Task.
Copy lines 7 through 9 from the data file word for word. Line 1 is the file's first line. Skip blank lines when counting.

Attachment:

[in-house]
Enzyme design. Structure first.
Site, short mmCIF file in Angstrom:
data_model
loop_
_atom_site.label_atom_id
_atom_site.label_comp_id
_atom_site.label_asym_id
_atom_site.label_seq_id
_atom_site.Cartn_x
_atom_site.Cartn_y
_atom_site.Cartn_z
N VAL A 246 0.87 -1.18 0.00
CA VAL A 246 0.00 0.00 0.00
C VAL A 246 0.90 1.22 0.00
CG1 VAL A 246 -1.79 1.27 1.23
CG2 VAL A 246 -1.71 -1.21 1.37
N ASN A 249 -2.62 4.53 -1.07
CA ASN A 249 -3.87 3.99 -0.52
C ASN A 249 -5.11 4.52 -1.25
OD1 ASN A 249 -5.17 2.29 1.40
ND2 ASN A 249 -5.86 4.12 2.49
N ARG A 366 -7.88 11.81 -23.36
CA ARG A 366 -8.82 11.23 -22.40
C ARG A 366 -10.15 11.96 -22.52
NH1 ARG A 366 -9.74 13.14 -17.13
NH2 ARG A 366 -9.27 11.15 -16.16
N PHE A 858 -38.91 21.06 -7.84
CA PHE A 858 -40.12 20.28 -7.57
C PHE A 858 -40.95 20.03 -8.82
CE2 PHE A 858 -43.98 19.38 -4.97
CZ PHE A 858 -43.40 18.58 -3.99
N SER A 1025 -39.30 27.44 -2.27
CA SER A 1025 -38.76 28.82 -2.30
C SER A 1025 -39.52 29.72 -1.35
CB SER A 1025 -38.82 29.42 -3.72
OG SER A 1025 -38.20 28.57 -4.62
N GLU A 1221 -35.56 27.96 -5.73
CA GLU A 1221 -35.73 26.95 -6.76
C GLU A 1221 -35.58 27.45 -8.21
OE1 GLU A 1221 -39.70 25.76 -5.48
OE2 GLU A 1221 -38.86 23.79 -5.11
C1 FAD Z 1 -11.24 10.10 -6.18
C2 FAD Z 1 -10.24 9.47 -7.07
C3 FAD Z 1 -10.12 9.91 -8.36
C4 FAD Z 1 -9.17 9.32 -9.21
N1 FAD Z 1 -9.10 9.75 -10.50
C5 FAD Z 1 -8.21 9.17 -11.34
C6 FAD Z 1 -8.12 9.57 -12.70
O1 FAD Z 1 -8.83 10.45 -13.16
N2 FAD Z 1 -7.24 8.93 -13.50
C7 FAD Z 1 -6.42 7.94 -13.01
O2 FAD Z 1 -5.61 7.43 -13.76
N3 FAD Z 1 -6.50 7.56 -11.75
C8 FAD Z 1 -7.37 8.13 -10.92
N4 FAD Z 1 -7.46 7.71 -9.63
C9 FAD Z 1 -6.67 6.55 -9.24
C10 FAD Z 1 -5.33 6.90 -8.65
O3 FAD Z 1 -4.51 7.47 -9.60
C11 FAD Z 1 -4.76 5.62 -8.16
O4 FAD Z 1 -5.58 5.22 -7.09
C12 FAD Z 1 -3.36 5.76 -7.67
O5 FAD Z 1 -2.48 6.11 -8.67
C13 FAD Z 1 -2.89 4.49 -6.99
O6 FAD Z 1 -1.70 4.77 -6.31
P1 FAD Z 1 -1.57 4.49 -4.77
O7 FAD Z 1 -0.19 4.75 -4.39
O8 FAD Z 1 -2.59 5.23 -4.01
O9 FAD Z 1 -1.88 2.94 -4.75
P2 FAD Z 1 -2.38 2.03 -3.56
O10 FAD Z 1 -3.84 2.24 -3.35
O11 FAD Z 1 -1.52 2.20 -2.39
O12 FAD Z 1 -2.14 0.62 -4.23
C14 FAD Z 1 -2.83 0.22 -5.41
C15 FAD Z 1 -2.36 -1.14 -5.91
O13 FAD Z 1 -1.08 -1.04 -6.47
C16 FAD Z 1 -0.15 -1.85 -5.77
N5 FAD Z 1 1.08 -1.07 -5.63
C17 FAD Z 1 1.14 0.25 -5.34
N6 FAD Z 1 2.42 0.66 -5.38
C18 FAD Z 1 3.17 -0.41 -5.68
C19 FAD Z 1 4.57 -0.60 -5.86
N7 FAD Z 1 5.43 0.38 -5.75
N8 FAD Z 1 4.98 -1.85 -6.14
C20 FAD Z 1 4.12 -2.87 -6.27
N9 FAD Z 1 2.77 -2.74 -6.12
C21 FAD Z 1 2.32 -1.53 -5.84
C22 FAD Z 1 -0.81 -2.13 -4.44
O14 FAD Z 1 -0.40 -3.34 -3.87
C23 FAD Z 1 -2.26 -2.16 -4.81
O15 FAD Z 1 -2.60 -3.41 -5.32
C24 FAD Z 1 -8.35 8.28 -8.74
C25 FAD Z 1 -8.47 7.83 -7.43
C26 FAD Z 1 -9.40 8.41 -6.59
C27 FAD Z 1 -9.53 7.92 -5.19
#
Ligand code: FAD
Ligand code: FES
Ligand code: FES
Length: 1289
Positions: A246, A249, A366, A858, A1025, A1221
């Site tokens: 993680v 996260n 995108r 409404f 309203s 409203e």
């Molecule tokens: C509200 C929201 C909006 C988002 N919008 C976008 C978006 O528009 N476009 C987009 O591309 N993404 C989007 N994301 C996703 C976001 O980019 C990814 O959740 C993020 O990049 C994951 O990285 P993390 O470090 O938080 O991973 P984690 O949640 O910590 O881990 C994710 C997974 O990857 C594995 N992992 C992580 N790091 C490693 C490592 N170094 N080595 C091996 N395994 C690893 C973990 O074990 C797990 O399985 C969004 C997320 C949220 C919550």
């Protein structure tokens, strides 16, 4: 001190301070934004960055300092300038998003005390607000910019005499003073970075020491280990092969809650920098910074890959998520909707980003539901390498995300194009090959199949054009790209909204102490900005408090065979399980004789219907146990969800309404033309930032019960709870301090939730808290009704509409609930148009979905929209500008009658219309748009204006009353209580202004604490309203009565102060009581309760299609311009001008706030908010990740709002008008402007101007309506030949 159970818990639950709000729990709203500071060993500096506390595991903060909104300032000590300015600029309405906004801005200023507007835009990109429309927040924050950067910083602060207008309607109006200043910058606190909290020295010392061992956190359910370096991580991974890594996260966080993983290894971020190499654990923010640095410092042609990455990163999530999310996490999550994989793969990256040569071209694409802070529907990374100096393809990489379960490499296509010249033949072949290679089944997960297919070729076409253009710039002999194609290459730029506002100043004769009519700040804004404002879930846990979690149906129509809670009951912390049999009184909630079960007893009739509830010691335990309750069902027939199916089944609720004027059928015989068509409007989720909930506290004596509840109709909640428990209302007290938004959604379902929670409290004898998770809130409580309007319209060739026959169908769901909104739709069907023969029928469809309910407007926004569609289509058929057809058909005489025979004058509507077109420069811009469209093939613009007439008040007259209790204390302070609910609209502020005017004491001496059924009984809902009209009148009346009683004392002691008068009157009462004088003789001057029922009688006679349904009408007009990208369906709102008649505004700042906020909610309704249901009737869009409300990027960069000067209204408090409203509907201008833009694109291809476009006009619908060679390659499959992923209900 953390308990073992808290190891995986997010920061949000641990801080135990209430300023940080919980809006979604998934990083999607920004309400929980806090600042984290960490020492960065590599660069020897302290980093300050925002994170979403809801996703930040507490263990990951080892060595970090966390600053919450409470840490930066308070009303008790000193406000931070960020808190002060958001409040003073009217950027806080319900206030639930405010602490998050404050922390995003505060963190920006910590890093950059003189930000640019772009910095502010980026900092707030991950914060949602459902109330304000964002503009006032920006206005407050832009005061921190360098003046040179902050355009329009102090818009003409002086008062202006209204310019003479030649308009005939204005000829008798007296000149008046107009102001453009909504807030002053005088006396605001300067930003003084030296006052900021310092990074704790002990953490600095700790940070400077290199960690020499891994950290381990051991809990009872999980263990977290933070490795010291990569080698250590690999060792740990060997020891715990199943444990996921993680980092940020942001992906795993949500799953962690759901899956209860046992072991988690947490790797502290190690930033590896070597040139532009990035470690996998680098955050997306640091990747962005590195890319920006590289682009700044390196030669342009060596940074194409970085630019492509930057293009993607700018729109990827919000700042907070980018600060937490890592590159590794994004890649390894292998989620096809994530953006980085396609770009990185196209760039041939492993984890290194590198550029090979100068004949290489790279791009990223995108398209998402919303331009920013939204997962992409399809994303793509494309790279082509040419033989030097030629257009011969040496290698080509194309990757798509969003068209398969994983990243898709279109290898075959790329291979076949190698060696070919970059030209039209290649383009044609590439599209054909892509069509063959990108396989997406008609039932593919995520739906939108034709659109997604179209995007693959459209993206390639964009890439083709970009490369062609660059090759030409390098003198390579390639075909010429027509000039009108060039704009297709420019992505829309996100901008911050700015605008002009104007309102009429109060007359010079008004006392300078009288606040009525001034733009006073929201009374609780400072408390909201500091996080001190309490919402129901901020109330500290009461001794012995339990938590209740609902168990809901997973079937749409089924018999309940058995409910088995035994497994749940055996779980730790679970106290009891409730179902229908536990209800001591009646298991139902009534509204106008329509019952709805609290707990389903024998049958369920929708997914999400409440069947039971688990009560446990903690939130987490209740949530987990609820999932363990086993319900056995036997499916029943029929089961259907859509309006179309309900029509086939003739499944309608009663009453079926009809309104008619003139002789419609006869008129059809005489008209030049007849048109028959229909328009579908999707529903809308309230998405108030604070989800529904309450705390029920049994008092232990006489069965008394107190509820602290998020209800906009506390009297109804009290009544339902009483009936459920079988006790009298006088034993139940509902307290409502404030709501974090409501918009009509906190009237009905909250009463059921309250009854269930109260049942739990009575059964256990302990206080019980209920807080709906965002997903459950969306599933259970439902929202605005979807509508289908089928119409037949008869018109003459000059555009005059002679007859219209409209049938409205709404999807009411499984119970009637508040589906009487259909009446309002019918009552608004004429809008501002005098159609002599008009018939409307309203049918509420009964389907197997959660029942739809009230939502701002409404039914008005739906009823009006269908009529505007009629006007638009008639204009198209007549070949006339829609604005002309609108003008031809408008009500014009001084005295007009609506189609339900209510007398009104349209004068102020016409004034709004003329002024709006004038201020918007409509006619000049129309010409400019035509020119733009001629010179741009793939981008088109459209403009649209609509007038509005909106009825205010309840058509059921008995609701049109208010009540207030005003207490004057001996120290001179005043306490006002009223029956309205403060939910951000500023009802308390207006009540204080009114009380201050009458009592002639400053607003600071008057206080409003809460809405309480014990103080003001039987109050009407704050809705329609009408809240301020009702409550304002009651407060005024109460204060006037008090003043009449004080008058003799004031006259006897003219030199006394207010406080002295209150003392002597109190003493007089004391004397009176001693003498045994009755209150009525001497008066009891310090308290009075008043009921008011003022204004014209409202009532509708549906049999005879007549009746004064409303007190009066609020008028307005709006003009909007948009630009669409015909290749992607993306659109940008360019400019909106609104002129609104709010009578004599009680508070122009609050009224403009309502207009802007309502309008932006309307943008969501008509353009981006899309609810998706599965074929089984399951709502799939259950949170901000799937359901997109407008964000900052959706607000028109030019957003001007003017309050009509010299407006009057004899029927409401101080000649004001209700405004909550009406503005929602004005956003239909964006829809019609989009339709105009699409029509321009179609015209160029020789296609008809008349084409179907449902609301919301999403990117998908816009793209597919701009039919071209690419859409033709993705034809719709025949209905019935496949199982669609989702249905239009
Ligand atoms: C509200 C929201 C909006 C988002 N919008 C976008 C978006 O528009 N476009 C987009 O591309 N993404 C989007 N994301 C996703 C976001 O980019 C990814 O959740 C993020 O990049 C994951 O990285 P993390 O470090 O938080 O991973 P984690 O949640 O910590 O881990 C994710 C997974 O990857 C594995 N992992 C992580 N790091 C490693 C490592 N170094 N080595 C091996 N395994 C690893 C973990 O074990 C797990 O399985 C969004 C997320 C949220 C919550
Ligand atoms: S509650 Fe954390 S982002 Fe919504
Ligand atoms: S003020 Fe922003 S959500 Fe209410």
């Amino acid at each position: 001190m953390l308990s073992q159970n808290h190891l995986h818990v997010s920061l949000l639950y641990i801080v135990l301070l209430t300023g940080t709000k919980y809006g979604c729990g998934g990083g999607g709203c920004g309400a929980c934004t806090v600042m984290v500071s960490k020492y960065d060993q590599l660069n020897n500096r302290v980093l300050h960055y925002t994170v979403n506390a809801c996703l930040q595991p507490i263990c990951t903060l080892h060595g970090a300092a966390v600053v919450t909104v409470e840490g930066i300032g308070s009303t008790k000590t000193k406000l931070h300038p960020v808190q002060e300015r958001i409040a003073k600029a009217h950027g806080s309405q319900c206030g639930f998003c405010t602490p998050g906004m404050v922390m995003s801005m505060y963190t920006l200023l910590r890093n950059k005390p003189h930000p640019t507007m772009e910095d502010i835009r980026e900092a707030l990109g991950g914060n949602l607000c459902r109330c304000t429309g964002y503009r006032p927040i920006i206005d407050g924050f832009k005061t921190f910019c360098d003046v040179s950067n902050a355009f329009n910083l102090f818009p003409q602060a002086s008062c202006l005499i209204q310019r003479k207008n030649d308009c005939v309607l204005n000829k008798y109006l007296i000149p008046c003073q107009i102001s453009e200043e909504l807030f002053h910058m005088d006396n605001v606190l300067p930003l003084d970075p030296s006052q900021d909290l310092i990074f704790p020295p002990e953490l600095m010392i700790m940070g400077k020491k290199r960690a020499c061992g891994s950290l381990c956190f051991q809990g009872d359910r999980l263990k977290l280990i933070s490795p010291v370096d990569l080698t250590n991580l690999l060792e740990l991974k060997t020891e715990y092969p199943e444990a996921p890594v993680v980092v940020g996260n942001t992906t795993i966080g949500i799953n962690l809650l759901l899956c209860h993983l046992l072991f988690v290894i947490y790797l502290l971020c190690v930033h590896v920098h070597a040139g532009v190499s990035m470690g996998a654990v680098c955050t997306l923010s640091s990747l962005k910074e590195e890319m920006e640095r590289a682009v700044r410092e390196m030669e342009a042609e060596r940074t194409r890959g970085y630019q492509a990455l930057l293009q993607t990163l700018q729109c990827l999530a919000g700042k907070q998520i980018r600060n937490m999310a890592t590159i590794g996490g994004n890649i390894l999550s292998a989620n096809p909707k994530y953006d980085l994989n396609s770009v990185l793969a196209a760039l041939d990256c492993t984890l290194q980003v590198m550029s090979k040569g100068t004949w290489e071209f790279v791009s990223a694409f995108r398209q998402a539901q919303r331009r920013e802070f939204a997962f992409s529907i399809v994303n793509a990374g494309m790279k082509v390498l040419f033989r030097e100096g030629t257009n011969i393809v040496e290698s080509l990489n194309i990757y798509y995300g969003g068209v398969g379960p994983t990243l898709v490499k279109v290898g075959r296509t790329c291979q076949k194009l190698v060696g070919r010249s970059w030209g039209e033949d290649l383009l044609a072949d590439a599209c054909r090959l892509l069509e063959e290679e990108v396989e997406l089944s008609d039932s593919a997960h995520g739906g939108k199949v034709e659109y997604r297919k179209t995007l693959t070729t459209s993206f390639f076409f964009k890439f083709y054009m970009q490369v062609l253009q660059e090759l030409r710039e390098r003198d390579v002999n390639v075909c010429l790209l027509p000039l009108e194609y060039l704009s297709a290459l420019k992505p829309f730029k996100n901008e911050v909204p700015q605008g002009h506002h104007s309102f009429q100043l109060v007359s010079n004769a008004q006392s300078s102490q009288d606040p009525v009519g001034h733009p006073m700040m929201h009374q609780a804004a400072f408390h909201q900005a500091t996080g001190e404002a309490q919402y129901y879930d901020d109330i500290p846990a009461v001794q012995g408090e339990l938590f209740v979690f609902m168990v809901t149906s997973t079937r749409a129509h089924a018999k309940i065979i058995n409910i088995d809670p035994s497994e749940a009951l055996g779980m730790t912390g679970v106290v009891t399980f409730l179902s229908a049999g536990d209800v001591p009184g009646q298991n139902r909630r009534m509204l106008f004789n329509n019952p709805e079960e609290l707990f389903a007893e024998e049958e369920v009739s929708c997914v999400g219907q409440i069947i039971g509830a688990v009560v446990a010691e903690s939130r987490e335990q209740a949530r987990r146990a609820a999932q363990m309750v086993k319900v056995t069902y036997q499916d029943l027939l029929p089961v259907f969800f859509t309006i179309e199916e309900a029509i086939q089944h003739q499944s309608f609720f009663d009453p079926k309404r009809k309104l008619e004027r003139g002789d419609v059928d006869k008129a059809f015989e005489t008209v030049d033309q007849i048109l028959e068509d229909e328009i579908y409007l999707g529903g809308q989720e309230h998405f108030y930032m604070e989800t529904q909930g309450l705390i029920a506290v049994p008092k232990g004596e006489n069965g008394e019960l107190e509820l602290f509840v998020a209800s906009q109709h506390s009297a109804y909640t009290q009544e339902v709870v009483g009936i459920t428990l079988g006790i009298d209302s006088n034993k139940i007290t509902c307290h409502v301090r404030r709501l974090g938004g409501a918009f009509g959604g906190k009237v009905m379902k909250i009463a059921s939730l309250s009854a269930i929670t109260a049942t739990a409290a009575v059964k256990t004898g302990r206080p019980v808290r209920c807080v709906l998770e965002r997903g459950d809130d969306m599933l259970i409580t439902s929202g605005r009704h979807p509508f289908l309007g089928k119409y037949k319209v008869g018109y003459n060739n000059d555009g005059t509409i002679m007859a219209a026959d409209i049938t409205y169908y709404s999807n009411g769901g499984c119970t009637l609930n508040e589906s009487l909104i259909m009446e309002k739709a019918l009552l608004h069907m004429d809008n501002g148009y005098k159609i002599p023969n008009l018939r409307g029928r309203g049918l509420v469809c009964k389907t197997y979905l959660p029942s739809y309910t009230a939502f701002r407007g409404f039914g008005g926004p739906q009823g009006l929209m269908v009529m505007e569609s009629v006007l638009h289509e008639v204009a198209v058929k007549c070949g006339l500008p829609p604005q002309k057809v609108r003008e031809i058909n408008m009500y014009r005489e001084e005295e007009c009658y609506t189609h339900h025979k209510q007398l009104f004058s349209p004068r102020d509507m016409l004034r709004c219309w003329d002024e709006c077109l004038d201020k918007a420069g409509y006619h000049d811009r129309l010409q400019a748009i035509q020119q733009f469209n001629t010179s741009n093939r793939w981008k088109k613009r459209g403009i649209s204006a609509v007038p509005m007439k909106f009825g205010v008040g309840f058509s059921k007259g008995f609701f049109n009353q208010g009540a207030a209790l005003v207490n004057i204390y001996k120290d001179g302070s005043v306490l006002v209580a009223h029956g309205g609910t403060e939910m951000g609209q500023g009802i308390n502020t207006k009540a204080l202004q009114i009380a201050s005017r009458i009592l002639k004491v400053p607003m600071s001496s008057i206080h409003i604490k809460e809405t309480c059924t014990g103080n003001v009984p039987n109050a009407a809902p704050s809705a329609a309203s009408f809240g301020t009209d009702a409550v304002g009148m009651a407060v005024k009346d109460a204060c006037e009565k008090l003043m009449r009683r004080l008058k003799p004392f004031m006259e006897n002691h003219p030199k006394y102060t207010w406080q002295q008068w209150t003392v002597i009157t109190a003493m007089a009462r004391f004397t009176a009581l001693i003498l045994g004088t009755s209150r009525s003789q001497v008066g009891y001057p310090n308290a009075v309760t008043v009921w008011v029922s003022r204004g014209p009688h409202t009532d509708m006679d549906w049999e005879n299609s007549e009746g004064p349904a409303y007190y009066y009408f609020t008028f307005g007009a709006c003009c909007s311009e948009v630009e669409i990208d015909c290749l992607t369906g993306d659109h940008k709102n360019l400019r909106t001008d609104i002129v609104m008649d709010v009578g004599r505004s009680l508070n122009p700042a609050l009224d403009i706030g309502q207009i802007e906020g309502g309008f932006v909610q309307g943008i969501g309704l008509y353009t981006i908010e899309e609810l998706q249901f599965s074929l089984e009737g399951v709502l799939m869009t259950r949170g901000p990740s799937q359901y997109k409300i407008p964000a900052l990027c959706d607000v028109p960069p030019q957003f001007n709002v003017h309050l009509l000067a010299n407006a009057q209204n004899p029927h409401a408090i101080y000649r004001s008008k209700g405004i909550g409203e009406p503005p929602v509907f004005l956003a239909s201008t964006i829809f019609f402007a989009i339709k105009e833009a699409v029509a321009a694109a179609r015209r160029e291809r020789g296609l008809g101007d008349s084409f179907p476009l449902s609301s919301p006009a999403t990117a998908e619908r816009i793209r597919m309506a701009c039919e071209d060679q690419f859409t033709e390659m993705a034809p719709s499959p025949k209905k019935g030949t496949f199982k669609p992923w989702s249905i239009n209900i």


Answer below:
_atom_site.label_comp_id
_atom_site.label_asym_id
_atom_site.label_seq_id